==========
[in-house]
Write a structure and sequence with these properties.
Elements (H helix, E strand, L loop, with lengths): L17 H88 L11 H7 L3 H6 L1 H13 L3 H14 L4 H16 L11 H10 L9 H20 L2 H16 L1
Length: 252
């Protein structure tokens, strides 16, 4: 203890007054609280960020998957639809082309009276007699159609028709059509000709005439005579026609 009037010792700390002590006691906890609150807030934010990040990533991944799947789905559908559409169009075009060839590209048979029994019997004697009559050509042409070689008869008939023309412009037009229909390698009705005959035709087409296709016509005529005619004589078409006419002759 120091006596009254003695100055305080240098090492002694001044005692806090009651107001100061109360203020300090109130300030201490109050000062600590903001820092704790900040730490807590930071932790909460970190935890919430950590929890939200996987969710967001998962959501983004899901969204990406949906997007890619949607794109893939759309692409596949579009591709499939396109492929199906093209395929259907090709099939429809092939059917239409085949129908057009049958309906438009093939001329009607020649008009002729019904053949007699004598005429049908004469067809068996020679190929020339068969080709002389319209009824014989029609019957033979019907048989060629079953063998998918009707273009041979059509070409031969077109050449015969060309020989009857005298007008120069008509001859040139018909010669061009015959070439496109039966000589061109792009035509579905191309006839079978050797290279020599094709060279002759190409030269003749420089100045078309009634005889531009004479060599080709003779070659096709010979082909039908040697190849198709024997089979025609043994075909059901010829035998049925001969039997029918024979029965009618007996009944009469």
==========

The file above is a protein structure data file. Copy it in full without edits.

[in-house]
Write a structure and sequence with these properties.
Elements (H helix, E strand, L loop, with lengths): L17 H88 L11 H7 L3 H6 L1 H13 L3 H14 L4 H16 L11 H10 L9 H20 L2 H16 L1
Length: 252
């Protein structure tokens, strides 16, 4: 203890007054609280960020998957639809082309009276007699159609028709059509000709005439005579026609 009037010792700390002590006691906890609150807030934010990040990533991944799947789905559908559409169009075009060839590209048979029994019997004697009559050509042409070689008869008939023309412009037009229909390698009705005959035709087409296709016509005529005619004589078409006419002759 120091006596009254003695100055305080240098090492002694001044005692806090009651107001100061109360203020300090109130300030201490109050000062600590903001820092704790900040730490807590930071932790909460970190935890919430950590929890939200996987969710967001998962959501983004899901969204990406949906997007890619949607794109893939759309692409596949579009591709499939396109492929199906093209395929259907090709099939429809092939059917239409085949129908057009049958309906438009093939001329009607020649008009002729019904053949007699004598005429049908004469067809068996020679190929020339068969080709002389319209009824014989029609019957033979019907048989060629079953063998998918009707273009041979059509070409031969077109050449015969060309020989009857005298007008120069008509001859040139018909010669061009015959070439496109039966000589061109792009035509579905191309006839079978050797290279020599094709060279002759190409030269003749420089100045078309009634005889531009004479060599080709003779070659096709010979082909039908040697190849198709024997089979025609043994075909059901010829035998049925001969039997029918024979029965009618007996009944009469």